Citation of the Inventory

First, let’s address citation of the inventory or measure. In APA Style, citations should be to recoverable materials, which include the inventory itself. Thus, when you first mention the name of an inventory or measure, provide an author–date citation in the text and a corresponding entry in the reference list. Here is an example:

In text:

I took the Revised NEO Personality Inventory (NEO-PI-R; Costa & McCrae, 1992). The NEO-PI-R is a 240-item measure of the Big Five personality traits of Extraversion, Openness to Experience, Agreeableness, Conscientiousness, and Neuroticism.

Reference list:

Costa, P. T., Jr., & McCrae, R. R. (1992). Revised NEO Personality Inventory (NEO-PI–R) and the NEO Five-Factor Inventory (NEO-FFI) professional manual. Odessa, FL: Psychological Assessment Resources.


Reporting and Discussion of Results  Notepad

To report and discuss the results, simply make statements in the first person about what the results were and what you thought of them. Or you might use a table or figure to display the results and then discuss them in the text.

Do not cite the results themselves. An author–date citation would take the reader nowhere, because the results are unique to you and not recoverable material. A personal communication citation is also not appropriate. The results are in a sense the “data” of your study of yourself, and it’s circuitous logic to cite your own data in the paper in which they are first reported. (It's similarly true that you should also not provide a citation when reporting data from interviews with research participants for the first time—although provisos of confidentiality come into play when other people are involved, as discussed further in the link.)

Even if you made the results retrievable (e.g., by posting them on a website or including them in an appendix), you still would not cite them, although you can make the reader aware of where to find them (by saying, e.g., “For full results, see the Appendix”).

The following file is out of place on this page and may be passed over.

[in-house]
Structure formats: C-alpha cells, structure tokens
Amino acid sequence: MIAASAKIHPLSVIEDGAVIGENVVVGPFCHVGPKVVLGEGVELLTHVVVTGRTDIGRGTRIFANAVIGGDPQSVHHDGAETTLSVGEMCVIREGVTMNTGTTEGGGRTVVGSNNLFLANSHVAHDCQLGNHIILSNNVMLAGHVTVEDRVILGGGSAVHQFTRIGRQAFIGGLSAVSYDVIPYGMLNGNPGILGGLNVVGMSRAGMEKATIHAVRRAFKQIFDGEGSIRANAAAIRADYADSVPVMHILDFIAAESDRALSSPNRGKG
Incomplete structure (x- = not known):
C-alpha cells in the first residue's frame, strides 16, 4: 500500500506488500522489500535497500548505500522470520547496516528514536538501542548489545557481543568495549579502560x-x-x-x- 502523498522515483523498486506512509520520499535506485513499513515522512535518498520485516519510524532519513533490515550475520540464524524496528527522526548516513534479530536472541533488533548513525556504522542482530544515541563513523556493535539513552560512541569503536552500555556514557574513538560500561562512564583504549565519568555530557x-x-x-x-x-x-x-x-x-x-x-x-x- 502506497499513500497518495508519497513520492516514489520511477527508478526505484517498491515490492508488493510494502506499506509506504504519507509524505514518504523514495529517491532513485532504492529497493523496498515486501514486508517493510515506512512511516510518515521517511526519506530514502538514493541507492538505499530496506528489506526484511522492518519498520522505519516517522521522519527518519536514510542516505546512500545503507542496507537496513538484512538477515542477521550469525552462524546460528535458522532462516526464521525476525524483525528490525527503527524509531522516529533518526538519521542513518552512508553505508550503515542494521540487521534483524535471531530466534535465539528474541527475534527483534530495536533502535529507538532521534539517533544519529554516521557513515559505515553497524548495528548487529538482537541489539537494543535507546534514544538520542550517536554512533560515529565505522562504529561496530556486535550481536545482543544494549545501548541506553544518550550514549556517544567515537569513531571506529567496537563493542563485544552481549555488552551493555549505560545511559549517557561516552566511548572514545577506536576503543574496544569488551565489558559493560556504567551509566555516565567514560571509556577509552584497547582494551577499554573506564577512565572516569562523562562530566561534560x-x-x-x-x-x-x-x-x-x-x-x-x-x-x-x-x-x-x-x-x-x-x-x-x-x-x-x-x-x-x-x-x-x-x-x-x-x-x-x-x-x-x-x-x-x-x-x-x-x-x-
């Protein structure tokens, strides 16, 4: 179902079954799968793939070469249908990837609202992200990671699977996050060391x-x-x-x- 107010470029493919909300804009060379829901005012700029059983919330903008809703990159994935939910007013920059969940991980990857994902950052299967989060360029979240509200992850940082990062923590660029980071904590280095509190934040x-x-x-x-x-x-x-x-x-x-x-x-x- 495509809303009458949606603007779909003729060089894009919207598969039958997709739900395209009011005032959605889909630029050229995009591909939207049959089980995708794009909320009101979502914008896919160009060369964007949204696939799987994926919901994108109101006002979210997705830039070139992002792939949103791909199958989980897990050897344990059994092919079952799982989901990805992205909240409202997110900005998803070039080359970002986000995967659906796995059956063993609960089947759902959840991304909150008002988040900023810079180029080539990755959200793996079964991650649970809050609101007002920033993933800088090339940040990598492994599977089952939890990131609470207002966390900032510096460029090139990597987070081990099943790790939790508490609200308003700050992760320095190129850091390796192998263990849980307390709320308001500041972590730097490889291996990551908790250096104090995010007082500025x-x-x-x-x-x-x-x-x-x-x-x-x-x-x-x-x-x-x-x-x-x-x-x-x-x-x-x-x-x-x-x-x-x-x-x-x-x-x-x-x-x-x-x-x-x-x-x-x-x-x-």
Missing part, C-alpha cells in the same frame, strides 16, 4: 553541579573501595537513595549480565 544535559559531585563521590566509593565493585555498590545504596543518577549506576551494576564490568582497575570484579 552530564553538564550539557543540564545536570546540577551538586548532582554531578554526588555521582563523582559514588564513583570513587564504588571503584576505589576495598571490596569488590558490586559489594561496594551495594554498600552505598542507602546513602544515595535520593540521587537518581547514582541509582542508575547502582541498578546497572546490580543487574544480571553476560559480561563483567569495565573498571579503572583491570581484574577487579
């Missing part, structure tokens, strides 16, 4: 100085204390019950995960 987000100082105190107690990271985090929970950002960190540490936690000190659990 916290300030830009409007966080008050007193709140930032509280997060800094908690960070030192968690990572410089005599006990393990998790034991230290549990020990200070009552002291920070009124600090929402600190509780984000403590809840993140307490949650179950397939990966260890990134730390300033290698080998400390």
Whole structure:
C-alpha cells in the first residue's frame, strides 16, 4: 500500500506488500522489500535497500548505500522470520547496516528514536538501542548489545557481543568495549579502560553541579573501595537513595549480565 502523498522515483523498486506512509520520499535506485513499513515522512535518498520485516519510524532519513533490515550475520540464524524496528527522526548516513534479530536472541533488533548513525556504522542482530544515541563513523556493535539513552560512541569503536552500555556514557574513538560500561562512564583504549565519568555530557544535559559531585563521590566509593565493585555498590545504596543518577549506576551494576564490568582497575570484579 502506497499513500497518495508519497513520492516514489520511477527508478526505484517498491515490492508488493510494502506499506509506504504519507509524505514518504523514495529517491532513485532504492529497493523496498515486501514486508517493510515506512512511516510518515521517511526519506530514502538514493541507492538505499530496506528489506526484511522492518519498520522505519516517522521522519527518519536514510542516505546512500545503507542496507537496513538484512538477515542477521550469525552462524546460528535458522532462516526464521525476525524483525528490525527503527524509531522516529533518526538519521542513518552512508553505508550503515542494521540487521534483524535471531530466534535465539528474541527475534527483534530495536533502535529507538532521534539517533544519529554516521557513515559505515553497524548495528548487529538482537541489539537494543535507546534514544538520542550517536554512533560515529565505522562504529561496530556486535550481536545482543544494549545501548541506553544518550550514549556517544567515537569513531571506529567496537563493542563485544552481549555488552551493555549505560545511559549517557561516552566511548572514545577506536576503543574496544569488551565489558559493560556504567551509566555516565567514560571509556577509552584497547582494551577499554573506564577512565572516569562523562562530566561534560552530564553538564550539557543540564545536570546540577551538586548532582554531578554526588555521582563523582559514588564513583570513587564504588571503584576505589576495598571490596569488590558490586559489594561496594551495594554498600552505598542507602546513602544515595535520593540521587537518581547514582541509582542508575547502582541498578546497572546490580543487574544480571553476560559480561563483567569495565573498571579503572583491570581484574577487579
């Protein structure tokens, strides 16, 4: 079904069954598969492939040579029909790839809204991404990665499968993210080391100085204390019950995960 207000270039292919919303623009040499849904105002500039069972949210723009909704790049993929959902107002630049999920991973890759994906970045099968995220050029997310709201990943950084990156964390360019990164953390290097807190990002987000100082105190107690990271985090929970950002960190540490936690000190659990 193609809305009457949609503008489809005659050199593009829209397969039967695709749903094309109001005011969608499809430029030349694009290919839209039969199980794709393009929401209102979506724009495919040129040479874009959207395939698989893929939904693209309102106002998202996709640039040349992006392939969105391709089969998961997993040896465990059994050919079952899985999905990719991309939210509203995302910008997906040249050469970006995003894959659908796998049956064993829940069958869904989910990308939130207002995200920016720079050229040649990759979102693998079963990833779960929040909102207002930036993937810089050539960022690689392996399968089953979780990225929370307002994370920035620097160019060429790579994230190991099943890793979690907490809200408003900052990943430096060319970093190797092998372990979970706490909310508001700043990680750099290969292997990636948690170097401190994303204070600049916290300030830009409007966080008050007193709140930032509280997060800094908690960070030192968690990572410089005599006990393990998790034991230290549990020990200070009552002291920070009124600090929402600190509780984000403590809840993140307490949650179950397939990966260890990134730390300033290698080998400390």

Here’s an example of how results can be reported and discussed in text:

My scores were categorized as high on the personality factors of Conscientiousness and Neuroticism. These results surprised me because although I think of myself as an orderly and self-disciplined person, I had not realized until seeing the results of this inventory how I become particularly exacting when under stressful conditions. These results have helped me understand my personality better.

Conclusion

When discussing the results of an inventory or measure you took, understand when to include citations (to recoverable materials) and when not to include citations (when discussing your data or giving personal responses, even if the data are about you). If you have further questions on this topic, please leave a comment. 

February 20, 2014

How to Cite a Psychological Test in APA Style

Timothy McAdoo
by Timothy McAdoo

A reference to a psychological test (also called a measure, scale, survey, quiz, or instrument) follows the usual who-when-what-where format.

References